Formula Quick Reference

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The Formula Syntax

General description
  • The formula system provided by tecstock.com is a powerful, yet flexible and easy to use script system.
  • The formula system can be used to design user's own indicators, specify trading rules, draw signals and user defined patterns in charts.
  • The user only needs to specify how data should be calculated. The formula system will do the rest and draw the data in charts.
  • The formula system calculates data based on the time series. Except ZIG() and BACKSET(), all the functions in the formula system use data in the past periods to calculate the result for the current period, i.e., no future data is used. This ensures that once a trading signal, for example, is generated, it will never disappear.
 

Formula name, full name, group and description

  • Each formula has to have a name. A formula name starts with a letter, followed by letters, numbers, or underscores.
  • Formula names are unique for each user. Creating a formula with the same name as a system formula will hide that system formula.
  • Formula's full name is a more descriptive name for the formula. Formula's full name is not mandatory and can be blank.
  • Formulas are cataloged in groups. A group name follows the same rule as formula names do. If the group name is blank, then the formula does not belong to any group.
  • Each formula can have a description which describes the premises, usages of the formula or is just whatever the user wants to say about the formula. Formula's description is not mandatory.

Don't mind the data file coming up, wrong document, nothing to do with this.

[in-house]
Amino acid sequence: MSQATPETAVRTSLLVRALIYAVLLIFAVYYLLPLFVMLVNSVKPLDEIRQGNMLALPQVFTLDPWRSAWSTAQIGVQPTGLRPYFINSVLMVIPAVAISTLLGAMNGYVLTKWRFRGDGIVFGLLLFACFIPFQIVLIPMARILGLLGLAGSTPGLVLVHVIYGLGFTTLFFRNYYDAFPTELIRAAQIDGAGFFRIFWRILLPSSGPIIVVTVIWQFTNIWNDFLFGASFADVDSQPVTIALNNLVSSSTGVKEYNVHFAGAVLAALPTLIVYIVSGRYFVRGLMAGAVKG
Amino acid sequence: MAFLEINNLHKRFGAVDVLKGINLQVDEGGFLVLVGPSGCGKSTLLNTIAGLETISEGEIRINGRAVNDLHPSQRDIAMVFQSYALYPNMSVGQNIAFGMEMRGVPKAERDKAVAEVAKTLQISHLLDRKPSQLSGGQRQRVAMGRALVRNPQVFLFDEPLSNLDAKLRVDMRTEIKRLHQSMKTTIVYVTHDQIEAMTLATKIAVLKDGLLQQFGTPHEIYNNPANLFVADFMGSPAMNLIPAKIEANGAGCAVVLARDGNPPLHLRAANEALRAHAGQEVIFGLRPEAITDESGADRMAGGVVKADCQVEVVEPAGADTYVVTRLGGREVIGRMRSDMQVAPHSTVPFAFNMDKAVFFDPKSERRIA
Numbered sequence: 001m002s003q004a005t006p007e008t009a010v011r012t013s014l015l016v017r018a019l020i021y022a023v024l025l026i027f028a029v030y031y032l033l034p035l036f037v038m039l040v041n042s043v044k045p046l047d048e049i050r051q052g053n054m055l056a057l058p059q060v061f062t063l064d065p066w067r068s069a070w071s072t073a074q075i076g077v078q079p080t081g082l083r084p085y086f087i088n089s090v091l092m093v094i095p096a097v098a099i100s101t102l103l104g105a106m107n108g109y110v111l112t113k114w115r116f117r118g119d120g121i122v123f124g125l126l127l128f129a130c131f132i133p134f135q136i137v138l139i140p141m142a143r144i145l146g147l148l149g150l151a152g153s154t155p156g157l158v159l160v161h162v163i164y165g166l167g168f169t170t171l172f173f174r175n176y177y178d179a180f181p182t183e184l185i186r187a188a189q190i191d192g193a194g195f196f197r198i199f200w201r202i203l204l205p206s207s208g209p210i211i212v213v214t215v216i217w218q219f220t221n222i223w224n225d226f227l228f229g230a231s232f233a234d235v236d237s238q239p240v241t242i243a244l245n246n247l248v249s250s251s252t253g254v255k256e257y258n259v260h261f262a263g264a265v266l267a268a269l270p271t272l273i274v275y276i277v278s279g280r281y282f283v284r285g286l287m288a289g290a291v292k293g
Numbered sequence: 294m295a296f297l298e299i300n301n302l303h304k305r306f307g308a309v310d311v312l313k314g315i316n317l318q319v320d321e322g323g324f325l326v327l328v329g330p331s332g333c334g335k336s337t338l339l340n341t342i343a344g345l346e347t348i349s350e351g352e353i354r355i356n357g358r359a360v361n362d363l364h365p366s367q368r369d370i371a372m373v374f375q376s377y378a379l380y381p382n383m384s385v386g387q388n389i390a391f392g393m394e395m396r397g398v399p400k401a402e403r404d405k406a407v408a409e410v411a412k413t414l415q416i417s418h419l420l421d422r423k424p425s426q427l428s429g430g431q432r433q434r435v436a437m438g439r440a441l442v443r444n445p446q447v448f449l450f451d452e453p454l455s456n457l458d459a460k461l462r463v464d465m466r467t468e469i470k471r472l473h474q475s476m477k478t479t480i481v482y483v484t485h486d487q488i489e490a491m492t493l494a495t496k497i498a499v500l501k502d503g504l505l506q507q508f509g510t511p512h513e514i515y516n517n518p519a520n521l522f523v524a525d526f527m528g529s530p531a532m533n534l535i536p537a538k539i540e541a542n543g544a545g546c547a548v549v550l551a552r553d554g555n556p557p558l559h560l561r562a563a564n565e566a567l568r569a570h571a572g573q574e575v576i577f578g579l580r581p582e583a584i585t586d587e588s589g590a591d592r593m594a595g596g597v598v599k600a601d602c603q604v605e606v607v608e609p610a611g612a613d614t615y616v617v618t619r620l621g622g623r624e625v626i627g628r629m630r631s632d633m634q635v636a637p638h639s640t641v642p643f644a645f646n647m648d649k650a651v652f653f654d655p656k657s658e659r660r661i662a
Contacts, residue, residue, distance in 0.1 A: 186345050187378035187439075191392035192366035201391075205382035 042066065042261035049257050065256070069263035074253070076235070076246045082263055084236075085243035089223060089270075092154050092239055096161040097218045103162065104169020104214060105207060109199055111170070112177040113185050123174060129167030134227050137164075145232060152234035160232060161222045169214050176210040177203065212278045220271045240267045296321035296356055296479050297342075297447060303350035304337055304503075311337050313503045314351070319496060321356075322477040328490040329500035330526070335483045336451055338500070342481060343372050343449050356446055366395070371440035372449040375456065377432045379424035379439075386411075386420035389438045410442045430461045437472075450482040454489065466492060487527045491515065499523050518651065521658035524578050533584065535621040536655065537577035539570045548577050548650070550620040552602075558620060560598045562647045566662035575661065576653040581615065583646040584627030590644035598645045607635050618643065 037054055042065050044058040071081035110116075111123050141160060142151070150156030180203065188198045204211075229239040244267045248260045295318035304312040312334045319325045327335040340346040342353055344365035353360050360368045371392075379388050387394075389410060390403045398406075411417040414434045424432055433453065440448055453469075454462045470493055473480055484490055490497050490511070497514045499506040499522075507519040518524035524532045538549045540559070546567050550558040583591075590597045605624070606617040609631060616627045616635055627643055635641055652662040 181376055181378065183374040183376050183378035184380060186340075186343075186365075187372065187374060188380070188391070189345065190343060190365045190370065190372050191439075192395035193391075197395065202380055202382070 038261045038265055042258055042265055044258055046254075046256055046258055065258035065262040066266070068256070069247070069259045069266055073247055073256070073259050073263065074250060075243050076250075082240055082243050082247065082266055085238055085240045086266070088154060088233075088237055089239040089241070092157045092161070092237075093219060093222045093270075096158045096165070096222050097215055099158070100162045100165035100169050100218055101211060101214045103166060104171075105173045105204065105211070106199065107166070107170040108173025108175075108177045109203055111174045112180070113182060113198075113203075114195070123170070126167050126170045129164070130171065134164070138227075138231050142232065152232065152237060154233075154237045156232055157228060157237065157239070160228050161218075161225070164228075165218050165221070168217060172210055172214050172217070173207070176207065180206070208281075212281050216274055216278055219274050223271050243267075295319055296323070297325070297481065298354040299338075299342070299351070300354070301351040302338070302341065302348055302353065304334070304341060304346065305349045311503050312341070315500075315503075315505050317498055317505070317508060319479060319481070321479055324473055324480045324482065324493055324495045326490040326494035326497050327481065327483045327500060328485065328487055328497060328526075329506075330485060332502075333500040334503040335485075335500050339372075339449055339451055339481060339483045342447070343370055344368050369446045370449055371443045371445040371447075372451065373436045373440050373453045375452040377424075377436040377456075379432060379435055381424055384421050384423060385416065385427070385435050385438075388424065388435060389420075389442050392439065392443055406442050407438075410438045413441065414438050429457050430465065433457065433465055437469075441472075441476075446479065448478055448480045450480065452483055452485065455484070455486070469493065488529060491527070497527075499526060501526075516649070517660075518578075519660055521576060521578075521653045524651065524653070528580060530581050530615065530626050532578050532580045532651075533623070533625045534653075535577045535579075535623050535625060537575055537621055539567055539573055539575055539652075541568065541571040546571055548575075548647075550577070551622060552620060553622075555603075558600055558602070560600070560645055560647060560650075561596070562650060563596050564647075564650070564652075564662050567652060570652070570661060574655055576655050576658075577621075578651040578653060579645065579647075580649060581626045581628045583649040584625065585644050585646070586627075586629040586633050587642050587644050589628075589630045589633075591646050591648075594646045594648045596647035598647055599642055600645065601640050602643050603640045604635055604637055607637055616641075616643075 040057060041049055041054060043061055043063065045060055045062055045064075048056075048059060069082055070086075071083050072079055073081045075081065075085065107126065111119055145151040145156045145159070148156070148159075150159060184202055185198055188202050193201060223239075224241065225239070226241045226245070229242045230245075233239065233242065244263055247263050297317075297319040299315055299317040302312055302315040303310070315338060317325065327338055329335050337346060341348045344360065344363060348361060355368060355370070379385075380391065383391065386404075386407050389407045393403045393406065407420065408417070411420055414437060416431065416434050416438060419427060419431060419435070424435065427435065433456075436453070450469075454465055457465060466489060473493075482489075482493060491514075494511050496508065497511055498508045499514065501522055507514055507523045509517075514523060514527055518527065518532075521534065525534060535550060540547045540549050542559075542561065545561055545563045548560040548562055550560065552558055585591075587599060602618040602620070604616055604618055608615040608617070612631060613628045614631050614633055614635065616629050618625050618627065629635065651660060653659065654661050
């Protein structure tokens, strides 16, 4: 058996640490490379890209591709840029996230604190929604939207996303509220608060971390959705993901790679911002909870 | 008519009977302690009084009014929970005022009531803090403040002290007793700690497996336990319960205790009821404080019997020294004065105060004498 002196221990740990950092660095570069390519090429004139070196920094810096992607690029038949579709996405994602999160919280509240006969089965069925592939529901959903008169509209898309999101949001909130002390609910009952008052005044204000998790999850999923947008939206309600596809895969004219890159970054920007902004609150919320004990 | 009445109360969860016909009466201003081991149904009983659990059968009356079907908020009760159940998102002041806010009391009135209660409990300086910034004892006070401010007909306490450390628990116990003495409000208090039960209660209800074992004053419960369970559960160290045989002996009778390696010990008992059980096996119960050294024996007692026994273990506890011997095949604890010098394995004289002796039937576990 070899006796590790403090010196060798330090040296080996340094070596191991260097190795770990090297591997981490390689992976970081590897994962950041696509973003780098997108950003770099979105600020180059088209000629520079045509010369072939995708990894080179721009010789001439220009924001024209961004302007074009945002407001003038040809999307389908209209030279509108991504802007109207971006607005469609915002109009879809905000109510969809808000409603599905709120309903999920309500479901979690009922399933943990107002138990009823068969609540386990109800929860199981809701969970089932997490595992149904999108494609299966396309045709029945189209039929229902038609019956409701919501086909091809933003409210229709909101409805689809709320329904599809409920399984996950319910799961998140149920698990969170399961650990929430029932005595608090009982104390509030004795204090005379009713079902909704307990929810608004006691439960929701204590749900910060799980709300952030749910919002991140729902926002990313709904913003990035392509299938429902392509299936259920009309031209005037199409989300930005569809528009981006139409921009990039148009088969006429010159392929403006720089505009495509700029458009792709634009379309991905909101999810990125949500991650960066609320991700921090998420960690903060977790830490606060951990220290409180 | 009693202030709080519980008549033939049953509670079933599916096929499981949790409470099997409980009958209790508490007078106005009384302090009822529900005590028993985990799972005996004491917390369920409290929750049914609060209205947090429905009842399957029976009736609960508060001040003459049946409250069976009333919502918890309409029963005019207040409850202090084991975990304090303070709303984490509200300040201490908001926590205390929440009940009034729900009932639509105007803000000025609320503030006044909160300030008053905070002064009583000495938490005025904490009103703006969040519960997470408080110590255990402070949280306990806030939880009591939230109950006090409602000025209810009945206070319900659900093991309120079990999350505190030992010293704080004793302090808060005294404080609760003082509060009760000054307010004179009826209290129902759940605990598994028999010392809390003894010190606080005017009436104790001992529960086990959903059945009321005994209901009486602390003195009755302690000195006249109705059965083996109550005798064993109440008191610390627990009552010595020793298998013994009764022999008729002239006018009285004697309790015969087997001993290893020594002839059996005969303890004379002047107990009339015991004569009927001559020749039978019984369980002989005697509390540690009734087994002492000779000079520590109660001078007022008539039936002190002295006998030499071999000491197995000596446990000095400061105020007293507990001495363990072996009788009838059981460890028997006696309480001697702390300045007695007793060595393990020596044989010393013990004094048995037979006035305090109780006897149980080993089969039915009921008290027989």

• All the names used in formulas are case insensitive.

MACD, MACD_1, MY_MACD_2 are all valid formula names.

my_fml and My_Fml are referring to the same formula.

Parameters
  • A formula can have as many parameters as it needs. For a practical use of formulas, however, four parameters are sufficient in most cases.
  • Each parameter has a name. A parameter name follows the same rule as formula names do.
  • For each parameter, a default value and its minimum and maximum values have to be specified.
  • When referring a formula without specifying parameters, default parameter values will be used.

The system formula MACD has three defined parameters:

SHORT 12, 5, 40
LONG 26, 20, 100
M 9, 2, 60

Calling MACD(1, 1, 1) will cause the system generating an error message indicating that the parameters are invalid.

Formula expressions and internal/external variables

 

  • A formula consists of a set of statements.
  • Each statement has to be terminated by a semicolon.
  • A statement is an expression or a drawing function plus drawing descriptors.
  • An expression can have a name, also refered to as a variable which holds the result of the expression so that other expressions can refer to it.
  • Expressions without any name are called anonymous expressions. The result of an anonymous expression is held in a system generated variable without name.
  • A user defined variable name follows the same rule as formula names do.
  • Variable names are unique within a formula.
  • There are two kinds of variables in formulas: internal and external variables.
  • Internal variables are used to hold temporary results, while external variables hold the results which will be drawn in charts by the system. External variables can be referred to by other formulas.